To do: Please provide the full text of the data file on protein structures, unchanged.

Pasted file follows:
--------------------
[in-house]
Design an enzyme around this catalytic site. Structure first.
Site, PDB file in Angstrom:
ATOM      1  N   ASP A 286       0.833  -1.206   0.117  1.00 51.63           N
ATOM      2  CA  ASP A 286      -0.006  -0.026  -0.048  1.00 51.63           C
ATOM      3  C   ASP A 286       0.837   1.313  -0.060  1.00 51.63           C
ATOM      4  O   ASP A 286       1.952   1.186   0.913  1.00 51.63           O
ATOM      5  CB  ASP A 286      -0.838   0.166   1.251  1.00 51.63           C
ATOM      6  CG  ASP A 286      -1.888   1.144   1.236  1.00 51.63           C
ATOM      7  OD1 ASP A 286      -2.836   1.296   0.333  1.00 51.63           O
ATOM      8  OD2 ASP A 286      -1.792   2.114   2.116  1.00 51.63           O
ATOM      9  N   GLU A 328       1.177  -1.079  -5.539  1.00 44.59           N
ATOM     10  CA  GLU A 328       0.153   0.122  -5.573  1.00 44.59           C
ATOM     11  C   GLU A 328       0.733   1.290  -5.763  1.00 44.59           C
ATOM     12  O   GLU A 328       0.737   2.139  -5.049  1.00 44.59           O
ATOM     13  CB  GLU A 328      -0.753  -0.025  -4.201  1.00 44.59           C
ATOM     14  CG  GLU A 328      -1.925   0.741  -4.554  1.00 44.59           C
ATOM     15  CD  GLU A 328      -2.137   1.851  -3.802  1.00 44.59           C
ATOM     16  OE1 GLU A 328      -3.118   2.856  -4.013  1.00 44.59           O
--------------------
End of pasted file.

[in-house]
Design an enzyme around this catalytic site. Structure first.
Site, PDB file in Angstrom:
ATOM      1  N   ASP A 286       0.833  -1.206   0.117  1.00 51.63           N
ATOM      2  CA  ASP A 286      -0.006  -0.026  -0.048  1.00 51.63           C
ATOM      3  C   ASP A 286       0.837   1.313  -0.060  1.00 51.63           C
ATOM      4  O   ASP A 286       1.952   1.186   0.913  1.00 51.63           O
ATOM      5  CB  ASP A 286      -0.838   0.166   1.251  1.00 51.63           C
ATOM      6  CG  ASP A 286      -1.888   1.144   1.236  1.00 51.63           C
ATOM      7  OD1 ASP A 286      -2.836   1.296   0.333  1.00 51.63           O
ATOM      8  OD2 ASP A 286      -1.792   2.114   2.116  1.00 51.63           O
ATOM      9  N   GLU A 328       1.177  -1.079  -5.539  1.00 44.59           N
ATOM     10  CA  GLU A 328       0.153   0.122  -5.573  1.00 44.59           C
ATOM     11  C   GLU A 328       0.733   1.290  -5.763  1.00 44.59           C
ATOM     12  O   GLU A 328       0.737   2.139  -5.049  1.00 44.59           O
ATOM     13  CB  GLU A 328      -0.753  -0.025  -4.201  1.00 44.59           C
ATOM     14  CG  GLU A 328      -1.925   0.741  -4.554  1.00 44.59           C
ATOM     15  CD  GLU A 328      -2.137   1.851  -3.802  1.00 44.59           C
ATOM     16  OE1 GLU A 328      -3.118   2.856  -4.013  1.00 44.59           O